Black and white cafes - why they took root only in Asia (6 photos + 2 videos)

22 May 2024

Perhaps you have seen such photographs of surreal cafes. They are like drawn frames from a cartoon - with bold, sometimes uneven, hand-drawn lines. This has been a popular trend for the last 6 years - black and white cafes, the most famous of which is perhaps Cafe Yeonnam-dong 239-20 in South Korea.

It is believed that it was discovered after the release of the 2016 drama “W – Two Worlds,” in which a cool hero from a webtoon finds himself in the real world. Everything here - the floor, furniture, dishes, door handles, chairs - seems to have been pulled from a picture into the real world.

Photos from a cafe in South Korea

And when a real person appears in such an environment, the brain even experiences some “reboot” in order to connect the two worlds in the head.

Is this a real photo? Or a painting? Or a neural network? My brain is a little numb

A very refreshing exercise for the brain.

In one year, his analogy began to open black and white cafes all over the world.

This is a black and white cafe from St. Petersburg. We repeated, but did not catch the spirit of the cafeteria. It doesn't feel like you're in a cartoon. Just in a black and white room

The second most recognizable one was still the “2-D cafe” from Tokyo. It looks simple and impressive, rather a drawn French style. The food, however, is in ordinary plastic cups and iron plates; couldn’t you buy a couple of sets of white dishes?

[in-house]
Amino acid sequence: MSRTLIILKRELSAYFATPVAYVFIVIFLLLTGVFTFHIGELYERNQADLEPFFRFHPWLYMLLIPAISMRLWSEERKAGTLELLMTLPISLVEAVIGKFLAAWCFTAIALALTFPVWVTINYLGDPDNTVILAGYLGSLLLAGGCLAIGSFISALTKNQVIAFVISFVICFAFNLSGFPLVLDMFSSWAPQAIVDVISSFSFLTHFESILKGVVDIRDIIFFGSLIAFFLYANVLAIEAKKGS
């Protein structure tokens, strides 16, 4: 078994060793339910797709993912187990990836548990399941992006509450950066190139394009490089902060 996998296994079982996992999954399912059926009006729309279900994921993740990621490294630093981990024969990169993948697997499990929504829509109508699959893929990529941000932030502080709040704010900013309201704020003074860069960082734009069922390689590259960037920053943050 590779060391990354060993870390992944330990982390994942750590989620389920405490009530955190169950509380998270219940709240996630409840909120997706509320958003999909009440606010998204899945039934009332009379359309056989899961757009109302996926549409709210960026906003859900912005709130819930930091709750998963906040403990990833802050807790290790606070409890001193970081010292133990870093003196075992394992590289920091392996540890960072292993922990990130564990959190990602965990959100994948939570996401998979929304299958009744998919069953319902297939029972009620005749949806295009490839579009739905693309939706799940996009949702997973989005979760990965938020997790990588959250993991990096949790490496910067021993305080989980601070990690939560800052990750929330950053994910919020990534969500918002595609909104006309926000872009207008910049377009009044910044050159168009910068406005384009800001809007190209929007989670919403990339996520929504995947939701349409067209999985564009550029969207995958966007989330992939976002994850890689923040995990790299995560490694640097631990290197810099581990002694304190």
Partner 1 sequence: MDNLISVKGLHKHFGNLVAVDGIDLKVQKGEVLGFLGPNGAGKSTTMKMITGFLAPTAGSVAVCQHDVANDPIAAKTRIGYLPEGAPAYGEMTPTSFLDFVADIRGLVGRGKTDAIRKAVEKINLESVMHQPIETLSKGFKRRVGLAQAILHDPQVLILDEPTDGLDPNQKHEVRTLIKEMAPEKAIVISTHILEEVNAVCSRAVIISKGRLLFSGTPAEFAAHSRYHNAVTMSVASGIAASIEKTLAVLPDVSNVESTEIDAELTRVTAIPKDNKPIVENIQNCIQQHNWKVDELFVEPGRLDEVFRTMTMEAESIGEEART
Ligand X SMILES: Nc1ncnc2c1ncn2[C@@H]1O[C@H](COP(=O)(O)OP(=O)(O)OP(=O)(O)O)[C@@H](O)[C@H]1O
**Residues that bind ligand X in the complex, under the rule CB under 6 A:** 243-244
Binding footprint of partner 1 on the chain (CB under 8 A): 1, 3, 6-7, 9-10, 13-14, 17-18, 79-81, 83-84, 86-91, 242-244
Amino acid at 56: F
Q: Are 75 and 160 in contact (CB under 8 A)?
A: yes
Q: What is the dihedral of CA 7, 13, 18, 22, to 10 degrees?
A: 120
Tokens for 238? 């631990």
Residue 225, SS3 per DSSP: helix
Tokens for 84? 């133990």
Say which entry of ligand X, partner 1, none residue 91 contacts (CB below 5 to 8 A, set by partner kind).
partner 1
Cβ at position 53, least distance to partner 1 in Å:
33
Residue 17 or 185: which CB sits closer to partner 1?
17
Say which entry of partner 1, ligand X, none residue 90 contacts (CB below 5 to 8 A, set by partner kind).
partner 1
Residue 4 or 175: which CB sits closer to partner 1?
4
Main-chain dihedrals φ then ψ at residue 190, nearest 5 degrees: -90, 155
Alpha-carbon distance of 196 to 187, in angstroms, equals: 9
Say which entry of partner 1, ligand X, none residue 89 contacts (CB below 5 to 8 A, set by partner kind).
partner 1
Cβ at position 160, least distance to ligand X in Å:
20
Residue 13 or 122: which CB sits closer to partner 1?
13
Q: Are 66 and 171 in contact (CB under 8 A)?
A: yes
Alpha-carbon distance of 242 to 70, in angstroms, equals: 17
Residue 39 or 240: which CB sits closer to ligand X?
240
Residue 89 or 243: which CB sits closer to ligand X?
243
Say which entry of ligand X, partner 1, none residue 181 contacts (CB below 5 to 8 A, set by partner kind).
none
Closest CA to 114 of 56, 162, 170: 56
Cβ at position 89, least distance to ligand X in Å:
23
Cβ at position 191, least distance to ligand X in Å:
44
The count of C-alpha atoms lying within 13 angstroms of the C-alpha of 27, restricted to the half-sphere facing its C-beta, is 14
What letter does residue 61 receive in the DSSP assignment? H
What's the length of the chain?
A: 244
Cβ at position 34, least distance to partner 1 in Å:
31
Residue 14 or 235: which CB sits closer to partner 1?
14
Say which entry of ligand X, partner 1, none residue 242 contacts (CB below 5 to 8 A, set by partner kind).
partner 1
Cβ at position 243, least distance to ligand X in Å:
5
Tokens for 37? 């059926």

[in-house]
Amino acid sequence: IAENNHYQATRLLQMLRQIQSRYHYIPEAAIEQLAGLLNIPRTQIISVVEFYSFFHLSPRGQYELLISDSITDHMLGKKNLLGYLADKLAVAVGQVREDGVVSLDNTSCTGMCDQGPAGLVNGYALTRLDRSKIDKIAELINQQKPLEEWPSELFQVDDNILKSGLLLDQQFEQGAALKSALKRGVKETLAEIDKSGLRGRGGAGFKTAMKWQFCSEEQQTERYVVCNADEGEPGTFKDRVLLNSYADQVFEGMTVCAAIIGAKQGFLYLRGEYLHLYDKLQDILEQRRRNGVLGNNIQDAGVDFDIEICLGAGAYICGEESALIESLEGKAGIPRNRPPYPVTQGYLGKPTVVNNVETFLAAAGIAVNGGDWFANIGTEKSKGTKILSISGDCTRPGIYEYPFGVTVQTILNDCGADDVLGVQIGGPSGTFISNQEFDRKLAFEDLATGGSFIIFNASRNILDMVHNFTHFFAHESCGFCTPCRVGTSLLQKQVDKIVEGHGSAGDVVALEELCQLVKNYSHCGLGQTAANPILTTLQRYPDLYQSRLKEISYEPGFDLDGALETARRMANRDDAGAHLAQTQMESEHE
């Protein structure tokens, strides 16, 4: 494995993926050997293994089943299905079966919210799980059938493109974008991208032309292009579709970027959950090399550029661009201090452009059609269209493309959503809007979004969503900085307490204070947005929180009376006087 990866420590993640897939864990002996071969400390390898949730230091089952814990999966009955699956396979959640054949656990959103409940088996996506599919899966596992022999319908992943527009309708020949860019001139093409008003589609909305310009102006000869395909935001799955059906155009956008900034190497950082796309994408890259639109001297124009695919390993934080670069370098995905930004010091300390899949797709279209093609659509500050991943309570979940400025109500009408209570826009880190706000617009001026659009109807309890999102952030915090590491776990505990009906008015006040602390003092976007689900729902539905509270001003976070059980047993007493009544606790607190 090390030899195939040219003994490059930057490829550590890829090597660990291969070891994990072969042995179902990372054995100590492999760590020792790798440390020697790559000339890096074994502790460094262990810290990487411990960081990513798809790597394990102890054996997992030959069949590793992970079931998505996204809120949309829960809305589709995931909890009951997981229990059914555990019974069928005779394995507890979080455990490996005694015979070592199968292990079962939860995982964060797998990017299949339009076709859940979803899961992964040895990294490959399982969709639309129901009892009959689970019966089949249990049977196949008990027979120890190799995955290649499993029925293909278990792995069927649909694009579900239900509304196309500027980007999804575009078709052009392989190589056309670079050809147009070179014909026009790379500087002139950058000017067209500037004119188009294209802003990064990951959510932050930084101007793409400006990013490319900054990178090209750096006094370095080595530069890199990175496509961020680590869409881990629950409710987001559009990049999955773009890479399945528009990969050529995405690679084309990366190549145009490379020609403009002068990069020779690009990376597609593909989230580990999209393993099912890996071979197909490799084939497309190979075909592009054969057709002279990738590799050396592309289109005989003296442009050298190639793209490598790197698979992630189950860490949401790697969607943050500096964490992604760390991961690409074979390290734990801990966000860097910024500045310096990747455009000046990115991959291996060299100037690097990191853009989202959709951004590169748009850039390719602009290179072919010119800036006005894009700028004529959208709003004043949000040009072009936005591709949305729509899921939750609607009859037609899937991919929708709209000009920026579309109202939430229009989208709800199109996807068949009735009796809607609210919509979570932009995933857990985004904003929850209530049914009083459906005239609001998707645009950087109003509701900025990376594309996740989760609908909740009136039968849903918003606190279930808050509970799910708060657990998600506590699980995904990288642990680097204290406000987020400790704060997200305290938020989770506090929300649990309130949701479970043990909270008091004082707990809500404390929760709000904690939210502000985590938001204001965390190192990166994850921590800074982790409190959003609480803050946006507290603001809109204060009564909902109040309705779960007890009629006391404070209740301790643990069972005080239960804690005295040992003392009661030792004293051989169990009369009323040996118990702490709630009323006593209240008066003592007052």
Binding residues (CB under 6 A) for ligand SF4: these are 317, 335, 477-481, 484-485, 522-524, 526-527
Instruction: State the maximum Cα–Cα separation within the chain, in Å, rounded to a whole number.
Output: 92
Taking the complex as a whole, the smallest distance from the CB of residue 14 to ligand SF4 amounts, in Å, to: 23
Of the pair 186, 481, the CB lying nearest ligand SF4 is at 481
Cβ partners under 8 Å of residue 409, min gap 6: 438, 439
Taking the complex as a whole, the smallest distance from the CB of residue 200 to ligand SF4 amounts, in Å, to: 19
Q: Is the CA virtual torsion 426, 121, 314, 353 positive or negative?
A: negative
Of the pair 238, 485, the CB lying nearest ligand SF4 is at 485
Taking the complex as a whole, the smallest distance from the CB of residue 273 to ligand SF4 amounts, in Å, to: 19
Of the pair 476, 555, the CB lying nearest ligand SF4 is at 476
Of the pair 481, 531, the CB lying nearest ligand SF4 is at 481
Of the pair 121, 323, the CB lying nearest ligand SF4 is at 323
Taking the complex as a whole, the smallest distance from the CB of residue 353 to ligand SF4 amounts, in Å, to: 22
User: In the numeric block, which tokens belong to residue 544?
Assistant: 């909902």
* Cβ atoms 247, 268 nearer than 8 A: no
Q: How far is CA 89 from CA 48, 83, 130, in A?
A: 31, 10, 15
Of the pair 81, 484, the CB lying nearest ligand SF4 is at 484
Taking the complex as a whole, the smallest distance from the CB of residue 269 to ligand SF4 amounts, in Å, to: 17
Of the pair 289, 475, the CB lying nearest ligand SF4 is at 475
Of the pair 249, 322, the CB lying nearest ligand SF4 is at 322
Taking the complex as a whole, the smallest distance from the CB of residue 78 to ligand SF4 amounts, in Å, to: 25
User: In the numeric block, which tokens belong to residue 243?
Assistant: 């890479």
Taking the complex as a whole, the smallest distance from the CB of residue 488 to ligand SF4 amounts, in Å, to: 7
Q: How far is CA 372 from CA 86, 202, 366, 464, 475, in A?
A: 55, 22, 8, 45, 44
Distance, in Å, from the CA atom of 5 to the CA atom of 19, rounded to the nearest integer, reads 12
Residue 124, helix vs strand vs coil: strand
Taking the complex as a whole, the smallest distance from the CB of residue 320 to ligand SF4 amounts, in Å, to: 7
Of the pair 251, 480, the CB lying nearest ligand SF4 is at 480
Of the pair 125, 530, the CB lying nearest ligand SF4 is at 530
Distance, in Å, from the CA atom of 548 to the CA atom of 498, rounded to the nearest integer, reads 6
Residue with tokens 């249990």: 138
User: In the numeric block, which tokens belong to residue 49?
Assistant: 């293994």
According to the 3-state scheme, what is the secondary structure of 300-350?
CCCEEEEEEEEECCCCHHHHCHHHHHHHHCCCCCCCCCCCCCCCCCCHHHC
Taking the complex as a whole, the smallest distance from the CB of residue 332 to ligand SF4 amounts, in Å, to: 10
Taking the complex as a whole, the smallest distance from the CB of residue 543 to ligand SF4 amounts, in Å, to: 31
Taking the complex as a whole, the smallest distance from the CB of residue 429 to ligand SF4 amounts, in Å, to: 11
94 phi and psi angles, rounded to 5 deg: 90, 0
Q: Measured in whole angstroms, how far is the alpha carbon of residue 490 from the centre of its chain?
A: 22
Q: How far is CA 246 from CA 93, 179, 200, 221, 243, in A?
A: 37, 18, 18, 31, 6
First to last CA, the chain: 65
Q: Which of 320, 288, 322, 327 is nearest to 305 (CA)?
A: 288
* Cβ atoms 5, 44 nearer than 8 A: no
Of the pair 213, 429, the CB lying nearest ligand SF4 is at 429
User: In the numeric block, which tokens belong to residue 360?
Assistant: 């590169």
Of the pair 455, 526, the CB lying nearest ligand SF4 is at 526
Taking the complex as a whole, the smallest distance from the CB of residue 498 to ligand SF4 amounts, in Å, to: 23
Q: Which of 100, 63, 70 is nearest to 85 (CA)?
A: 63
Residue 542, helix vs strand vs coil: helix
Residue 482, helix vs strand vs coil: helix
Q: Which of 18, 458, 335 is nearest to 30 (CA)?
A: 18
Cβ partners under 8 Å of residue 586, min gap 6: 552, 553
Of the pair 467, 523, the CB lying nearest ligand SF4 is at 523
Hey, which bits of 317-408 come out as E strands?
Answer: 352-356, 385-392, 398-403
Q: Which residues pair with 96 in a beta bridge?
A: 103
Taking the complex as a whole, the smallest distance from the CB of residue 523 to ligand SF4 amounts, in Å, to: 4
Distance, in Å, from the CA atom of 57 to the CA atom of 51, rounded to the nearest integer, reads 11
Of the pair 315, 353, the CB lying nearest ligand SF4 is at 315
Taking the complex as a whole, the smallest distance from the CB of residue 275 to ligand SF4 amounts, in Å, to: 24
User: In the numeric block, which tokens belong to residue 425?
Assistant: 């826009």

And this is a Japanese 2D cafe, a little in the French style

Welcome to the clip

Most often, such a cafe, by the way, is compared not to cartoons, but to A-ha’s “Take on Me” video? Indeed, a very memorable clip in which a girl finds herself in a comic book.

But if the clip is European, why do such cafes gain a foothold in Asia, but are not very popular in other countries?

The food in the Tokyo 2D cafe is a complete failure in my opinion, compare with the cups in the Korean one

There is a version that Asia is the most “Instagrammable” region. They really use it more here than at home in the USA. The largest number of users, of course, are in India, but this is due to the population and because it is not used in China.

But in Japan, South Korea, and Indonesia, the social network for photos is loved more than in Europe.

The passion for aesthetics, especially in South Korea, forces the creation of more and more “photo spots.” If in Prague, for example, ancient squares and medieval houses are used for photographs, in Asia this is not surprising.

Another thing is the purple island that I wrote about. Or a “colored village” painted entirely with graffiti. First of all, they try to make any place attractive for photographs and photo sessions, since this, and not history or unique cultural traditions, will bring them the most clients.

Until now, we are unlikely to go to a nice cafe where the food is terrible. In Asia it’s easy, they didn’t come there to eat, honestly.

And it’s worth admitting that they are more skilled at this than we are. And the Korean black and white cafe looks much more “magical” than the photographs of its St. Petersburg counterpart. Or is it just me, what about you?

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